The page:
AN ACTOR’S ACTOR

July 20, 2020: Theatre Yesterday and Today

The actor William Redfield died more than forty years ago, so it would seem that writing about him might be of little interest, especially as many of his major triumphs were on stage and seen by far less people than actors with more vast film and television careers. But I’d like to take advantage of my being solely responsible for the choices I make when writing about the theatre, which in this case will take the form of a well-earned tribute to one of the good guys.

Born to an orchestra conductor and a former Ziegfeld Follies Girl, “Billy” Redfield made his Broadway debut at age nine in the musical Swing Your Lady. By twelve, he was cast in the original company of Thornton Wilder’s classic drama Our Town. By fourteen, he was the lead ingénue in Junior Miss, a big hit back in its day, directed by the estimable Moss Hart. As an adult, Redfield was famously directed by Sir John Gielgud as Guildenstern in a 1964 production of Hamlet that Richard Burton brought to Broadway. This was at the peak of Burton’s reign as a superstar and during his fresh (and first) marriage to the most famous woman in the world, Elizabeth Taylor (they officially tied the knot between the Toronto and New York engagement).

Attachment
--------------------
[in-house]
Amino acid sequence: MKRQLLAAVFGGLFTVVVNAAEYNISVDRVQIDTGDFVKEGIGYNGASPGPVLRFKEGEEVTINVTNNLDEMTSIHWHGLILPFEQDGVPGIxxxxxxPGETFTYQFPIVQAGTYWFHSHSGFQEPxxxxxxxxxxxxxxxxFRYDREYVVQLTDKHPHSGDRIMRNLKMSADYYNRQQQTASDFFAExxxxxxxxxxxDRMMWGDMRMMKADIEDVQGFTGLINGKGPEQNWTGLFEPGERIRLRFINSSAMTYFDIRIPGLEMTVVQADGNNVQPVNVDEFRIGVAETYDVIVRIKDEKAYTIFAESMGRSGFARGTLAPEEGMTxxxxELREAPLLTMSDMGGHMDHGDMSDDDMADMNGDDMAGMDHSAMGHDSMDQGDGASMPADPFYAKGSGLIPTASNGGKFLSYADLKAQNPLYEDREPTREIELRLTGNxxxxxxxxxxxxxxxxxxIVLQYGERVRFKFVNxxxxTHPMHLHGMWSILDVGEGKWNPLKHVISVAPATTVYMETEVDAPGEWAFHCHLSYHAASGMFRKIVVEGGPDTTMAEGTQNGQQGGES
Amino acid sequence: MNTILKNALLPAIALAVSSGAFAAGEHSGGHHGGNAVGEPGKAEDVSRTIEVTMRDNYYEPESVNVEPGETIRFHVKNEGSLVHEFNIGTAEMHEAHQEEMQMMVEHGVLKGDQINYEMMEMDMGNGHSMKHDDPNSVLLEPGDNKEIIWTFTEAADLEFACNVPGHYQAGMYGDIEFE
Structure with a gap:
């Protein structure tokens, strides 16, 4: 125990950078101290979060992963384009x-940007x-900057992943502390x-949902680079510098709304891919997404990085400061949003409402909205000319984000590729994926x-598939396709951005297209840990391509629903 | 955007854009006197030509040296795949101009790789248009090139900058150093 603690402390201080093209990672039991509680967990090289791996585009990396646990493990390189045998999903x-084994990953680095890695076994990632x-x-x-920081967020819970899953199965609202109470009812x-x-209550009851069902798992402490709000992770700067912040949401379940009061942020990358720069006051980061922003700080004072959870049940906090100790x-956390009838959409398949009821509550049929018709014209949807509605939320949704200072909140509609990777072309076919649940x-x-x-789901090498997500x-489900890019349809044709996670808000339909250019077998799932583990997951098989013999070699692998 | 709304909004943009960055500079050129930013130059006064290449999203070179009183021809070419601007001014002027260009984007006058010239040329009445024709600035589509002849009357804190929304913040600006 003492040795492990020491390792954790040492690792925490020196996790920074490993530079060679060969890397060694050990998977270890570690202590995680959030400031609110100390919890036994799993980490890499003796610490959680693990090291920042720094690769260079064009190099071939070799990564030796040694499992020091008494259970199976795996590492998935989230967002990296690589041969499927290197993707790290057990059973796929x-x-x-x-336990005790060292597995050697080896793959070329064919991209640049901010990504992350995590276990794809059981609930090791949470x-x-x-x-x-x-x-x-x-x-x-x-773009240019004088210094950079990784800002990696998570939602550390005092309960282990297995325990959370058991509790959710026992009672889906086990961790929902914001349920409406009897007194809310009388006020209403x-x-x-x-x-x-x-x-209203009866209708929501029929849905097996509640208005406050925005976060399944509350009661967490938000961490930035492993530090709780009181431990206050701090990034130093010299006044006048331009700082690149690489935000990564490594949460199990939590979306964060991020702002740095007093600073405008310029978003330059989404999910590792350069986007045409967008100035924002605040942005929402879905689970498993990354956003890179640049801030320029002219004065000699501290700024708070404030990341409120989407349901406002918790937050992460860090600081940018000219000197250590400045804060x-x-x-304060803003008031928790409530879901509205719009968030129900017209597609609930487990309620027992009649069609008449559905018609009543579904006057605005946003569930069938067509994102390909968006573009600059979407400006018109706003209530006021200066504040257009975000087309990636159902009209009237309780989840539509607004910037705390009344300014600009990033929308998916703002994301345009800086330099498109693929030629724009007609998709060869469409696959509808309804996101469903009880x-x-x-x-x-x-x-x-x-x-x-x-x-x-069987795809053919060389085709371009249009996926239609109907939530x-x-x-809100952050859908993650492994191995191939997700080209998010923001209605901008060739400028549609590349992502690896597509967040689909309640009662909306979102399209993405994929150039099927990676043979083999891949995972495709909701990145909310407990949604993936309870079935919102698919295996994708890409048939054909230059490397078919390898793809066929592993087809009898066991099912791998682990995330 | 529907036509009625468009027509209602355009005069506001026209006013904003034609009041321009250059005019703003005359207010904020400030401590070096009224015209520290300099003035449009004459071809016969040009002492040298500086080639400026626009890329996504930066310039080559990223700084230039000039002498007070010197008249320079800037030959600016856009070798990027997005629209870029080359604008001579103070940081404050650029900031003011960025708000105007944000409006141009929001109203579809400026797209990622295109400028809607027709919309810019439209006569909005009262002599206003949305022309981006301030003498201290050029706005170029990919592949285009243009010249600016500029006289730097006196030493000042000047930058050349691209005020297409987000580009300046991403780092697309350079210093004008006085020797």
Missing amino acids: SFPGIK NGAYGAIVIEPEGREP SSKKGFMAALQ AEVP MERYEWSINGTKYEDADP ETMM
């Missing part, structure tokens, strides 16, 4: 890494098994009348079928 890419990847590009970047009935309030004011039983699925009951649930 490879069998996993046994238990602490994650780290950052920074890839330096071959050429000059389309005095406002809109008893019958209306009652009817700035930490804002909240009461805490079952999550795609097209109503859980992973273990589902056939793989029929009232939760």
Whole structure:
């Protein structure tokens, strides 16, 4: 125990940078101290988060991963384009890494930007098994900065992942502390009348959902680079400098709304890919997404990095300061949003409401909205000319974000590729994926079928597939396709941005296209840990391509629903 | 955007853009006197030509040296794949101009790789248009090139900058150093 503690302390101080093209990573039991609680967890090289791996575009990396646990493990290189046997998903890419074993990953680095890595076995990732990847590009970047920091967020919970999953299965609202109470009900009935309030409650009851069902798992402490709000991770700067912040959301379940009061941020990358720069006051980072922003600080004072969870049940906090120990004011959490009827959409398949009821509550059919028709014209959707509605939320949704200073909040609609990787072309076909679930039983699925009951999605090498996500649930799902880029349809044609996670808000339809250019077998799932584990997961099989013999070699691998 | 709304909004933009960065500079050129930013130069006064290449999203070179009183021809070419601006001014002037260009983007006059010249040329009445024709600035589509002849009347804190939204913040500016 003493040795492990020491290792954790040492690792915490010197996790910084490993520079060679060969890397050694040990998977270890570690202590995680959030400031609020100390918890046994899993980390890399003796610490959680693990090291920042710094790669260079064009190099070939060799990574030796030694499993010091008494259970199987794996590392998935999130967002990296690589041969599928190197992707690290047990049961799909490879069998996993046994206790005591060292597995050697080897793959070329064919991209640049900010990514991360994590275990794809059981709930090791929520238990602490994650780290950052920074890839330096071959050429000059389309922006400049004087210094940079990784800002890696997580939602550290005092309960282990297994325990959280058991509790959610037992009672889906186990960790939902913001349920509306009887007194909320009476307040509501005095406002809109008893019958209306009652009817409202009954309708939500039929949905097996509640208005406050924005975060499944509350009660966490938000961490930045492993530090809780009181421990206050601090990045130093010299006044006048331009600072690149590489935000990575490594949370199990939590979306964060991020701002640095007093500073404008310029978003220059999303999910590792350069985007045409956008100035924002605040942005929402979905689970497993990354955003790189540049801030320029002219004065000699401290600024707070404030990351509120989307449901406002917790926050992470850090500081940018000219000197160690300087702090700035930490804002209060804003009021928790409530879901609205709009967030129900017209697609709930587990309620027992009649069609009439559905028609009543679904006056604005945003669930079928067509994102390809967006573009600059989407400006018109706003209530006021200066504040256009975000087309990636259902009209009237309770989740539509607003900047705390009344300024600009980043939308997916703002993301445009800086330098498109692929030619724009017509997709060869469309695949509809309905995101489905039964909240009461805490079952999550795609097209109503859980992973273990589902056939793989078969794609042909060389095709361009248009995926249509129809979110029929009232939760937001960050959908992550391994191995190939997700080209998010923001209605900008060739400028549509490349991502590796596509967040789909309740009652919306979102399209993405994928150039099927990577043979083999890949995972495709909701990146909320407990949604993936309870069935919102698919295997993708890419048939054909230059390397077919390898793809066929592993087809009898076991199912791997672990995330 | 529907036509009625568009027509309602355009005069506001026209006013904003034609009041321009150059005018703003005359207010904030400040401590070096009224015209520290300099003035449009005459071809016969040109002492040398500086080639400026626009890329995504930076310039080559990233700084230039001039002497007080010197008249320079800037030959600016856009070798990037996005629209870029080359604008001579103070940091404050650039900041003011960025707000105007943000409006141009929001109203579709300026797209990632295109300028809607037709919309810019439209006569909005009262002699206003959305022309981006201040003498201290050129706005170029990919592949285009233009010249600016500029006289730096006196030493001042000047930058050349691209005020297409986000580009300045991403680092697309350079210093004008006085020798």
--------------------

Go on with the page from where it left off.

While out of town, and through its 137 performances on Broadway, Redfield dutifully kept a diary (in the form of letters to friends) of what it was like to be in this Hamlet, as well as his musings upon his life in the theatre. Later, he published it as Letters from an Actor, one of the most charming and hilarious backstage books ever written. After years of being out-of-print, it returned to circulation a few years ago, only to lapse back into unavailability again. As entertaining a book on the theatre ever written, it is well worth finding. For years, I would buy used hardcover copies on Ebay and hand them out as gifts. I still do.

“Letters From an Actor,” published 1967.